This page provides you with instructions on how to extract data from AppsFlyer and analyze it in Grafana. (If the mechanics of extracting data from AppsFlyer seem too complex or difficult to maintain, check out Stitch, which can do all the heavy lifting for you in just a few clicks.)
What is AppsFlyer?
AppsFlyer is an attribution stack for mobile marketers. It lets businesses attribute every install of their apps to the marketing campaign and media source that drove that install. It also provides an analytics dashboard that shows which users engage with an app, how they use it, and how much revenue they generate.
What is Grafana?
Grafana is an open source platform for time series analytics. It can run on-premises on all major operating systems or be hosted by Grafana Labs via GrafanaCloud. Grafana allows users to create, explore, and share dashboards to query, visualize, and alert on data.
Getting data out of AppsFlyer
AppsFlyer exposes data through its Pull API, which developers can use to extract information. Each API call, which is made in the form of an https query, must contain the user’s external API Authorization Key, as well as from and to dates that specify the date range of the data requested.
Additional parameters can request information like media source, currency, and specific fields. The parameters must be added to the https query – for example:
Each successful API query returns a CSV file of data that you can use as an import source to your data warehouse. The query you use will determine what fields you receive.
Loading data into Grafana
Analyzing data in Grafana requires putting it into a format that Grafana can read. Grafana natively supports nine data sources, and offers plugins that provide access to more than 50 more. Generally, it's a good idea to move all your data into a data warehouse for analysis. MySQL, Microsoft SQL Server, and PostgreSQL are among the supported data sources, and because Amazon Redshift is built on PostgreSQL and Panoply is built on Redshift, those popular data warehouses are also supported. However, Snowflake and Google BigQuery are not currently supported.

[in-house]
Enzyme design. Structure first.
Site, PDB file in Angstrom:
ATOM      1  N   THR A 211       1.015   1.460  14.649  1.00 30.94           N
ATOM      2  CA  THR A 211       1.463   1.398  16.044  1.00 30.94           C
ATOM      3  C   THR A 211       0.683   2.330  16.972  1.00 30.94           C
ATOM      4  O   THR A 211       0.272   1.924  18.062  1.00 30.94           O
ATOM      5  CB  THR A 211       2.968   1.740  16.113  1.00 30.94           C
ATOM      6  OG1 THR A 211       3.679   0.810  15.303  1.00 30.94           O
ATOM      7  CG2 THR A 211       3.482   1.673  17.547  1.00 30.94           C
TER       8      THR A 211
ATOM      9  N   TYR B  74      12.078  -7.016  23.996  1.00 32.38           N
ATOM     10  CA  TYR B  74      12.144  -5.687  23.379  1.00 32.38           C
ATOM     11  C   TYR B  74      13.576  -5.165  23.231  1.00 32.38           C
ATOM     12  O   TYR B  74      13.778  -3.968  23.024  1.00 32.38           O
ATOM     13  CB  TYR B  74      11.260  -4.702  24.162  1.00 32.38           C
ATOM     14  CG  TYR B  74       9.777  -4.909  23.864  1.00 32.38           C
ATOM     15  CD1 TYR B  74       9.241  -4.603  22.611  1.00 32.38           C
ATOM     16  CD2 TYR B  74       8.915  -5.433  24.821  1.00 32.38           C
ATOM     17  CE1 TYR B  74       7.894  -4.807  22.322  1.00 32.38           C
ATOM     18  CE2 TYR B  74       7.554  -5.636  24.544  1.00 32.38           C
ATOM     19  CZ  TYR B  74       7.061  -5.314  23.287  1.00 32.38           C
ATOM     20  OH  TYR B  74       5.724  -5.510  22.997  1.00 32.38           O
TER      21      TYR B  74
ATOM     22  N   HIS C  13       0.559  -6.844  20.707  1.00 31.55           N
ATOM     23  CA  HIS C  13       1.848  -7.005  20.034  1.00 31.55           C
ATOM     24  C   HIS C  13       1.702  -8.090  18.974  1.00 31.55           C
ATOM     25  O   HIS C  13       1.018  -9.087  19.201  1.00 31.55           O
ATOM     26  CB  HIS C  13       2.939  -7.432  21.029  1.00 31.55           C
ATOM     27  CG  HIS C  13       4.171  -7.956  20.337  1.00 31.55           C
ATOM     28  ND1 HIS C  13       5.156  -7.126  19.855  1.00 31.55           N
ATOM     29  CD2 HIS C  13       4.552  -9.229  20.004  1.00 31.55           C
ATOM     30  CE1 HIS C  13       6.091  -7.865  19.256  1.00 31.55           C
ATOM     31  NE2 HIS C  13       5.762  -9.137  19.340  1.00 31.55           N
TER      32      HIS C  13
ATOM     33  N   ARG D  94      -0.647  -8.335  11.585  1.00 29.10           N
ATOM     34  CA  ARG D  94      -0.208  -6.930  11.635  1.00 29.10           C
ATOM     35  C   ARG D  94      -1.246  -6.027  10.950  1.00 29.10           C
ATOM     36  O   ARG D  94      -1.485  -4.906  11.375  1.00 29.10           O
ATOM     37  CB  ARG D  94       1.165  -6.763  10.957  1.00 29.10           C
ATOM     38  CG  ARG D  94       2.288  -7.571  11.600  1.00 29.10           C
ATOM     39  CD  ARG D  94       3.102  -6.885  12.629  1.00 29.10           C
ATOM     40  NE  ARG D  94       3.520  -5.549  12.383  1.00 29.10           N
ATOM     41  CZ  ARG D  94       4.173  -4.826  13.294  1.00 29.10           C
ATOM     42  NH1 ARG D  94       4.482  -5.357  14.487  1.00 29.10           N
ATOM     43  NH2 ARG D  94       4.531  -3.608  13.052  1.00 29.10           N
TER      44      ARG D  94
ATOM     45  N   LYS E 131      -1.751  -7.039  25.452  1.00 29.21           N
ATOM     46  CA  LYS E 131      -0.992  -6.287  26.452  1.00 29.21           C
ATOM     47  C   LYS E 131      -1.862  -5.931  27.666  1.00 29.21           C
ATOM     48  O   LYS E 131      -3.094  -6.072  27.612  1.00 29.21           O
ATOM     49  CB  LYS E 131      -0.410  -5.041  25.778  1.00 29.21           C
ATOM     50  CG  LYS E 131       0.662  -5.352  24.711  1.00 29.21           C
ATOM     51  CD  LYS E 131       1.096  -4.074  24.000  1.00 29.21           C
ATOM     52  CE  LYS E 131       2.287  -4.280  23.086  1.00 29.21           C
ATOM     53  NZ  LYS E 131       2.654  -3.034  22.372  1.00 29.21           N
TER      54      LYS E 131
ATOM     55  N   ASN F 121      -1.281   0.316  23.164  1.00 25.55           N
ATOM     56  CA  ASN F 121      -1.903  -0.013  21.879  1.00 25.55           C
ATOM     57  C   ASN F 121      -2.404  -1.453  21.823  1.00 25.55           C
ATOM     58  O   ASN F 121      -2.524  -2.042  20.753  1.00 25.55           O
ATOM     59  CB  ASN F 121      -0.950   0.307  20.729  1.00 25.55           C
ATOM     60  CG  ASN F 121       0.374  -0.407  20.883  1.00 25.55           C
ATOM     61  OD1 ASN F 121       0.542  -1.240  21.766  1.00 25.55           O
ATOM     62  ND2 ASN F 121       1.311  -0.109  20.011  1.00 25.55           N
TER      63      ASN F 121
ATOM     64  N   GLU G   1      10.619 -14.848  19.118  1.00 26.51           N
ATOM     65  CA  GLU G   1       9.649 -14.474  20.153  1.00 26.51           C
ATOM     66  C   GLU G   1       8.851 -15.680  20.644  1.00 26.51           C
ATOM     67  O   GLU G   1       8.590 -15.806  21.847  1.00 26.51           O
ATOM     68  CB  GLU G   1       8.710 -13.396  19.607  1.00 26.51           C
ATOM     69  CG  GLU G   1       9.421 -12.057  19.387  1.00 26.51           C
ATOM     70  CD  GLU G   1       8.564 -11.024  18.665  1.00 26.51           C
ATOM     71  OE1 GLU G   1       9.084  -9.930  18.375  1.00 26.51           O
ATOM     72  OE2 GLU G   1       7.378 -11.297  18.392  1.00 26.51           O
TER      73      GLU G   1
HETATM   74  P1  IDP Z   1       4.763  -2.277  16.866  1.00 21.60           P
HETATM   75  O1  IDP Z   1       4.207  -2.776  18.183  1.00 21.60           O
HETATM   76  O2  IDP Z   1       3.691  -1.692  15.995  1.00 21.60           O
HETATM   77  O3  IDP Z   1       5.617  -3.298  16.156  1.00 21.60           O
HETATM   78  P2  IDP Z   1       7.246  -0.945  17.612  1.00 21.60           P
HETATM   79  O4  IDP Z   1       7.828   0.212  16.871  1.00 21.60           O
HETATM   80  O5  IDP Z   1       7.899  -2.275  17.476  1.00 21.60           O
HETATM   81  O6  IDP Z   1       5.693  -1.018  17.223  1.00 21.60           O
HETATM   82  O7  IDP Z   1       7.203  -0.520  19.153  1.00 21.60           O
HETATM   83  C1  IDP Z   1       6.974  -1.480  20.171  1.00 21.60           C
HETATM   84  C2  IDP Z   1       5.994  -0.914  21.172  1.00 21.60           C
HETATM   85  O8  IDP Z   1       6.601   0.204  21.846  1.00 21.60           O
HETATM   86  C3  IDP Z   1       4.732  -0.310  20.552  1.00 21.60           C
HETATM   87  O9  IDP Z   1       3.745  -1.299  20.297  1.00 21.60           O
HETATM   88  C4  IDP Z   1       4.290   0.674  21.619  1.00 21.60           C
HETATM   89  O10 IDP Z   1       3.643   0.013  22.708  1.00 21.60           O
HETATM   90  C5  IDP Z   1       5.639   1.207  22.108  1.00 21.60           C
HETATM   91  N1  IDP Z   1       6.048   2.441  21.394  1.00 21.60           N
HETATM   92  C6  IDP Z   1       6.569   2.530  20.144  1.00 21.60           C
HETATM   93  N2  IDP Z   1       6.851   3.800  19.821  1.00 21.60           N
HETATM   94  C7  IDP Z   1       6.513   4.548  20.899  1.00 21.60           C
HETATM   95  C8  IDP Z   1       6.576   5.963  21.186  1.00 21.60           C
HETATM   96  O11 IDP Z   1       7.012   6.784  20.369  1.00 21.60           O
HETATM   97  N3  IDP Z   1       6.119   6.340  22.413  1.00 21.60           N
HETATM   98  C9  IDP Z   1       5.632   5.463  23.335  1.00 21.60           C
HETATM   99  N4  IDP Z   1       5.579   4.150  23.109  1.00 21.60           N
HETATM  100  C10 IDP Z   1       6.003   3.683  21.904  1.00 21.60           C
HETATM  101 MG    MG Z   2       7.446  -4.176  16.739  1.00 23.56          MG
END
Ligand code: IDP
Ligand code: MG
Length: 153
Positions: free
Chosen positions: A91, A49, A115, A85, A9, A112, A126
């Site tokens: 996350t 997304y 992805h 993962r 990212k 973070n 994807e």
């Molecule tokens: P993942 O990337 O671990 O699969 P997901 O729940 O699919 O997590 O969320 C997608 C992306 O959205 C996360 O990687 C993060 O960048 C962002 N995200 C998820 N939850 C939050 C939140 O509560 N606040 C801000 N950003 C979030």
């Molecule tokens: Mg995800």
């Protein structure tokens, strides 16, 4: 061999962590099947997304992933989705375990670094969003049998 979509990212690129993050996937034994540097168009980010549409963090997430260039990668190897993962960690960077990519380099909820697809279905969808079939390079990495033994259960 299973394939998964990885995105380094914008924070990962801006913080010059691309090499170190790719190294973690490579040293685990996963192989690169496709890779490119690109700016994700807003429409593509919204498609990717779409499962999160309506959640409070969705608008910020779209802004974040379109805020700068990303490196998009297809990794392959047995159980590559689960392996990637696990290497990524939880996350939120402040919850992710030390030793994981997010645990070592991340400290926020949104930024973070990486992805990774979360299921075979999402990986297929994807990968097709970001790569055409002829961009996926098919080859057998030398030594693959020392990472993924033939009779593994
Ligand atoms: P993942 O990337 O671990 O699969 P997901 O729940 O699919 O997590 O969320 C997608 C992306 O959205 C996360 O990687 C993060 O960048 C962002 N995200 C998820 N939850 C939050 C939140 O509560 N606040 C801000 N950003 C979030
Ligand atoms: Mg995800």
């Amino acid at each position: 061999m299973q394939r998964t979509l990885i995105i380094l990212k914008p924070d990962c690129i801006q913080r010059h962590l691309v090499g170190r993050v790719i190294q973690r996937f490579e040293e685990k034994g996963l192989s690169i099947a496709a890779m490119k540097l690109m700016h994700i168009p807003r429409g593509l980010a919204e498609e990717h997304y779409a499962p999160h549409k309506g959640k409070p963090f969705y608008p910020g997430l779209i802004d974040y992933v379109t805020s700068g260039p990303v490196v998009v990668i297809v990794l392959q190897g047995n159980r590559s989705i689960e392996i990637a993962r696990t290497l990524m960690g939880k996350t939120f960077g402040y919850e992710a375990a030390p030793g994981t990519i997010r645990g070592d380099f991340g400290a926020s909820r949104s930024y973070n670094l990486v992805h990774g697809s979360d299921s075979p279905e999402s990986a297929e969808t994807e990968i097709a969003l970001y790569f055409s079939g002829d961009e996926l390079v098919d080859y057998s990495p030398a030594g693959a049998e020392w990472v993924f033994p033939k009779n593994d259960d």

Analyzing data in Grafana
Grafana provides a getting started guide that walks new users through the process of creating panels and dashboards. Panel data is powered by queries you build in Grafana's Query Editor. You can create graphs with as many metrics and series as you want. You can use variable strings within panel configuration to create template dashboards. Time ranges generally apply to an entire dashboard, but you can override them for individual panels.
Keeping AppsFlyer data up to date
At this point you’ve coded up a script or written a program to get the data you want and successfully moved it into your data warehouse. But how will you load new or updated data? It's not a good idea to replicate all of your data each time you have updated records. That process would be painfully slow and resource-intensive.
Instead, identify key fields that your script can use to bookmark its progression through the data and use to pick up where it left off as it looks for updated data. Auto-incrementing fields such as updated_at or created_at work best for this. When you've built in this functionality, you can set up your script as a cron job or continuous loop to get new data as it appears in AppsFlyer.
And remember, as with any code, once you write it, you have to maintain it. If AppsFlyer modifies its API, or sends a field with a datatype your code doesn't recognize, you may have to modify the script. If your users want slightly different information, you definitely will have to.
From AppsFlyer to your data warehouse: An easier solution
As mentioned earlier, the best practice for analyzing AppsFlyer data in Grafana is to store that data inside a data warehousing platform alongside data from your other databases and third-party sources. You can find instructions for doing these extractions for leading warehouses on our sister sites AppsFlyer to Redshift, AppsFlyer to BigQuery, AppsFlyer to Azure SQL Data Warehouse, AppsFlyer to PostgreSQL, AppsFlyer to Panoply, and AppsFlyer to Snowflake.
Easier yet, however, is using a solution that does all that work for you. Products like Stitch were built to move data from AppsFlyer to Grafana automatically. With just a few clicks, Stitch starts extracting your AppsFlyer data via the API, structuring it in a way that's optimized for analysis, and inserting that data into a data warehouse that can be easily accessed and analyzed by Grafana.